The introductionexplains how and why student protest became common in the United States in the late 1960s and places these protests in the context of shifts in the history of education and in broader social movements, including the civil rights movement, the Chicano Movement, and black power activism. The introduction also situates students’ rights within the context of children’s rights more broadly, explaining the legal principles that justified age discrimination and excluded children and students from the basic protections of American constitutional law. The introduction identifies the two decades between the 1960s and 1980s as a constitutional moment that revolutionized the relationship of students to the state. It also connects students’ rights litigation to the issue of school desegregation and the legacy of Brown v. Board of Education.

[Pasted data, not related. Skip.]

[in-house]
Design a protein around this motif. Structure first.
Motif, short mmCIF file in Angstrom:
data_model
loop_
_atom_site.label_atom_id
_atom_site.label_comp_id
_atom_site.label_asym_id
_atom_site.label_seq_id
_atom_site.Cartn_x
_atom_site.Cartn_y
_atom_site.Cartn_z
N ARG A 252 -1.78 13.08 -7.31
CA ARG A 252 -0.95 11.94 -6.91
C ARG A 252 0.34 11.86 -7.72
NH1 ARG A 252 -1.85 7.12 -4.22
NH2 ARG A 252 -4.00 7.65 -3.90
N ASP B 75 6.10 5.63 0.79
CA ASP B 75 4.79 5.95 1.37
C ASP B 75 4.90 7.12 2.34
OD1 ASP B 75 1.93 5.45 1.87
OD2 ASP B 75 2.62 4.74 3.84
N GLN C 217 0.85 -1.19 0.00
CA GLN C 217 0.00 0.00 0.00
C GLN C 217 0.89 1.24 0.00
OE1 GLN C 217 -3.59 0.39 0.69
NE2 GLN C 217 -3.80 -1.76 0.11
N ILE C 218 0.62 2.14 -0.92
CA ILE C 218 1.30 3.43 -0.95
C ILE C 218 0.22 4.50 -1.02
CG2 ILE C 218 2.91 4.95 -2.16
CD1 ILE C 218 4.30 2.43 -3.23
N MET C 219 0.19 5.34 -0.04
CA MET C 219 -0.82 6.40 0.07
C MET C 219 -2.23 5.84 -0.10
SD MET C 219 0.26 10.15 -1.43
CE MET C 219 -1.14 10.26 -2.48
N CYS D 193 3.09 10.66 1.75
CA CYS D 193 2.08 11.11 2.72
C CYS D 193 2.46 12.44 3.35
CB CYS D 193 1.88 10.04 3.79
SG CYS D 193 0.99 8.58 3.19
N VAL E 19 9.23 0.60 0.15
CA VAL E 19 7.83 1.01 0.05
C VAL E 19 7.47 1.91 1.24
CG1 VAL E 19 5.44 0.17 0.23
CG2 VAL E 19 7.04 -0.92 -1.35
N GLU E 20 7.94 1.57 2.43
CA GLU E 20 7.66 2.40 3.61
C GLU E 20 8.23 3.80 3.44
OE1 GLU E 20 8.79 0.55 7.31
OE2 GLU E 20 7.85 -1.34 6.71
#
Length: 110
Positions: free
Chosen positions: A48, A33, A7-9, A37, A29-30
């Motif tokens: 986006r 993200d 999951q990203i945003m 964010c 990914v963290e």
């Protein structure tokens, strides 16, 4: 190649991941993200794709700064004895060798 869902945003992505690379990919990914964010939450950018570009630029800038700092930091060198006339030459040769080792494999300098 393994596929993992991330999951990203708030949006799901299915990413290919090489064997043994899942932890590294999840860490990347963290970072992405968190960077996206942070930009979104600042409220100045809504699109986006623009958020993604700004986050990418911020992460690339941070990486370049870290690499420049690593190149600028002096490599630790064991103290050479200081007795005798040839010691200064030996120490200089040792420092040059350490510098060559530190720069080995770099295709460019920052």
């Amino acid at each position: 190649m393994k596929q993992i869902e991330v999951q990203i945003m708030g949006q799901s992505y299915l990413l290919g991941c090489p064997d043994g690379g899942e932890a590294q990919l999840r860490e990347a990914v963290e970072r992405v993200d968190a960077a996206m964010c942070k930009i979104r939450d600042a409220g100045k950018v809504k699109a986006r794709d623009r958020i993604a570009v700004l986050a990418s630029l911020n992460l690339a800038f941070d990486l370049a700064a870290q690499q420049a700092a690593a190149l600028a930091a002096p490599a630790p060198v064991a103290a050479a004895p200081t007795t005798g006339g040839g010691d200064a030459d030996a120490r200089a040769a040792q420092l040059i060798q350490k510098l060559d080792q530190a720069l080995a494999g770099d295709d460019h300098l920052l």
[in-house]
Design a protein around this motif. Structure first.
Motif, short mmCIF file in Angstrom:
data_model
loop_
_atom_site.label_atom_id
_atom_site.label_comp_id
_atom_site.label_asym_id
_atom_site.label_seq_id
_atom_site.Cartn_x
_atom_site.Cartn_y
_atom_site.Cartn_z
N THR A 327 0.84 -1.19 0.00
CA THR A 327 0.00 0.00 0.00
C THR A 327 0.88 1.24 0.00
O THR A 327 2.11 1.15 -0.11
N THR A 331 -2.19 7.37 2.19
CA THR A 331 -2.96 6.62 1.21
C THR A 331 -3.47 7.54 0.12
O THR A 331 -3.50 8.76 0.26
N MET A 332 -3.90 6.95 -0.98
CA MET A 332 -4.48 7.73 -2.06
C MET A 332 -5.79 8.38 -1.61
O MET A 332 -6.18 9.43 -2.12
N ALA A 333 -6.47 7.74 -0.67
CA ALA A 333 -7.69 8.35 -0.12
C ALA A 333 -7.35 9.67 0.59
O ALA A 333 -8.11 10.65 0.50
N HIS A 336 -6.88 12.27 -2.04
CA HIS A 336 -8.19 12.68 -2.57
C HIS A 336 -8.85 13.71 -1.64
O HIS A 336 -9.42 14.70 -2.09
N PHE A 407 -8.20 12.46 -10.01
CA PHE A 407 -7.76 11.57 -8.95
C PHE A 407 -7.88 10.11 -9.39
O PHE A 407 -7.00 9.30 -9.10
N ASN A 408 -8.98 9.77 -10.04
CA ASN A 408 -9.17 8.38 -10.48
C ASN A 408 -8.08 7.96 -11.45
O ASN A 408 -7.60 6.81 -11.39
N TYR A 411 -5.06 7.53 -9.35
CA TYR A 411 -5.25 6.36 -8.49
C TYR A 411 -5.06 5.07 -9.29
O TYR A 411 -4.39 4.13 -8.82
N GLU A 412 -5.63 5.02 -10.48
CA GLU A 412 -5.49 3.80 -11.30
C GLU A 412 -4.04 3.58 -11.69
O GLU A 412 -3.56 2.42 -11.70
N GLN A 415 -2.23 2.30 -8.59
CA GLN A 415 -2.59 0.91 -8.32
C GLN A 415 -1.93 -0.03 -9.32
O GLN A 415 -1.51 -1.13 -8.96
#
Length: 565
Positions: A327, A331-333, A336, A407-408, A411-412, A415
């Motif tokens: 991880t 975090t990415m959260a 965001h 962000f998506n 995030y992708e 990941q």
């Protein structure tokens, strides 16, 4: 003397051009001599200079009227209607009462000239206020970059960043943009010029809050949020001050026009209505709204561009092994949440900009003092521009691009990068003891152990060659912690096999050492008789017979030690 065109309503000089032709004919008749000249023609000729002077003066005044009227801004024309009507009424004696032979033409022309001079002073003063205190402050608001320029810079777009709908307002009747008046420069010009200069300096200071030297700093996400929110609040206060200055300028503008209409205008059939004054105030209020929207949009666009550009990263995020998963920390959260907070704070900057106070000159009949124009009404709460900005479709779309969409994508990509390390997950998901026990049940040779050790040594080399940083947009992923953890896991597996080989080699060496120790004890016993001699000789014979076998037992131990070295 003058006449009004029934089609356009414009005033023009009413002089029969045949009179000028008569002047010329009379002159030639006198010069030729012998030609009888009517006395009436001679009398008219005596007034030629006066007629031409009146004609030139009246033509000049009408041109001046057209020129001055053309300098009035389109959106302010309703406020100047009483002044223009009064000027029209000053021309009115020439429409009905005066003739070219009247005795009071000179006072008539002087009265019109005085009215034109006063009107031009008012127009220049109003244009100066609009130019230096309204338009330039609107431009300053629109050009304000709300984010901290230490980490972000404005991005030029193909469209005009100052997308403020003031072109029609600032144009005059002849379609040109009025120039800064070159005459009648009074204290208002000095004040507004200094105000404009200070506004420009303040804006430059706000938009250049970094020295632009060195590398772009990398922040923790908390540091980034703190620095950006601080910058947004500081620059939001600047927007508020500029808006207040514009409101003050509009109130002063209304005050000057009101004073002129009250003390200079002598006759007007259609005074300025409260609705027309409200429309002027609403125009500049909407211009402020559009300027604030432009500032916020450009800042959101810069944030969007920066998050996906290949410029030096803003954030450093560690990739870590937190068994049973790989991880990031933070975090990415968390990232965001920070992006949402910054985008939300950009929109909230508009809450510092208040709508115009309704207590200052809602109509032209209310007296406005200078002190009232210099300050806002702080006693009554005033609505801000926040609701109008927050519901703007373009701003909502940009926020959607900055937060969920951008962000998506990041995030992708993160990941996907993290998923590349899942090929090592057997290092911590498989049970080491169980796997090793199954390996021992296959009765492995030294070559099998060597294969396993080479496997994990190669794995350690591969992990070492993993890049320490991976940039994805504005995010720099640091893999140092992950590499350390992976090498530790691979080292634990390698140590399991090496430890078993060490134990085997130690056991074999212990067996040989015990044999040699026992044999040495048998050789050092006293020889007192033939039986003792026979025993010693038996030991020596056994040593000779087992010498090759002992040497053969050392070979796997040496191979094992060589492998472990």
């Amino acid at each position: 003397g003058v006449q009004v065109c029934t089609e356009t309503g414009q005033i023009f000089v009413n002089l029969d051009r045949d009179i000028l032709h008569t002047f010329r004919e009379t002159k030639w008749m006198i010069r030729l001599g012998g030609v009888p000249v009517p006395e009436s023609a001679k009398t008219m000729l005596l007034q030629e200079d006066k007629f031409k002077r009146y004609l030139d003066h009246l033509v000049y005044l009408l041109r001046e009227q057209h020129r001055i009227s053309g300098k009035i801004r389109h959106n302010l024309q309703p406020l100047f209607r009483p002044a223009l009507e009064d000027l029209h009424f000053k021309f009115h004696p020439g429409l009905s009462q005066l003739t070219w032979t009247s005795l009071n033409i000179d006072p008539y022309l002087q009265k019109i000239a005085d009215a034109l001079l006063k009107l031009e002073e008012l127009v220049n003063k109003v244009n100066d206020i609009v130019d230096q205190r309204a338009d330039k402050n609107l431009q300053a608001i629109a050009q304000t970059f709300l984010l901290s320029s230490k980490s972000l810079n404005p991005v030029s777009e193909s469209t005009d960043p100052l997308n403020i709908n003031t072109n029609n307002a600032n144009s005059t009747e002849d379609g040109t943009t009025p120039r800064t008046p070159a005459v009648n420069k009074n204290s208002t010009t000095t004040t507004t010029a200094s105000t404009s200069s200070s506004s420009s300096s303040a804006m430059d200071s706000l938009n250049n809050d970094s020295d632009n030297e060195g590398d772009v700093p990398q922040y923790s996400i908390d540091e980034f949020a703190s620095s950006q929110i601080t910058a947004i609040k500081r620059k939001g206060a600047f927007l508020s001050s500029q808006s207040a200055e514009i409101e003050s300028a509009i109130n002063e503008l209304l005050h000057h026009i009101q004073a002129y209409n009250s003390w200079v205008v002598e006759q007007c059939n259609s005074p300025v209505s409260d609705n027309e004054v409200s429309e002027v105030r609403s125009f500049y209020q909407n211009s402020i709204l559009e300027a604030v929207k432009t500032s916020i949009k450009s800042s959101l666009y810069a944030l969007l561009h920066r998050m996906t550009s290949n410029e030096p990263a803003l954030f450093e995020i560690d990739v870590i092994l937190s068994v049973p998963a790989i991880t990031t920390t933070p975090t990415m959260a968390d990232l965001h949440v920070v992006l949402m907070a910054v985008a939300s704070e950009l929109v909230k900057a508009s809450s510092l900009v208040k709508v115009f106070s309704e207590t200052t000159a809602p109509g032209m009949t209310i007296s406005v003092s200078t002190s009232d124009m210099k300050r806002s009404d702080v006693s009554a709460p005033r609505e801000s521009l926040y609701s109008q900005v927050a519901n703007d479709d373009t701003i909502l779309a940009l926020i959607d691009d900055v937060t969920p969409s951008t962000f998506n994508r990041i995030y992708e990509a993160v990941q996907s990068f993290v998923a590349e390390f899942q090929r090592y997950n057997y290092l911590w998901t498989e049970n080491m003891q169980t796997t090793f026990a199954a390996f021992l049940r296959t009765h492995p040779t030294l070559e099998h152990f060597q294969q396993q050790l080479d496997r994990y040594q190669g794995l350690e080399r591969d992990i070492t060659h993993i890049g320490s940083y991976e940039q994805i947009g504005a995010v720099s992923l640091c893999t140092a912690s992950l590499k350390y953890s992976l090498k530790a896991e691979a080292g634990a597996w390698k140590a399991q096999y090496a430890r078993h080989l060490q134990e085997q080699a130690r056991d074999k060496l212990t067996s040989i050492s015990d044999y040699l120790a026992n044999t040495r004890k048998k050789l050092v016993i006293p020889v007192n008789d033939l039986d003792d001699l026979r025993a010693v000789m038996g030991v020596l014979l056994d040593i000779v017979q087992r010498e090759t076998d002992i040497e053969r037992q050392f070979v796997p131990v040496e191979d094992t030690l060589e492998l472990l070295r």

NYU Press Scholarship Online requires a subscription or purchase to access the full text of books within the service. Public users can however freely search the site and view the abstracts and keywords for each book and chapter.
If you think you should have access to this title, please contact your librarian.
To troubleshoot, please check our FAQs, and if you can't find the answer there, please contact us.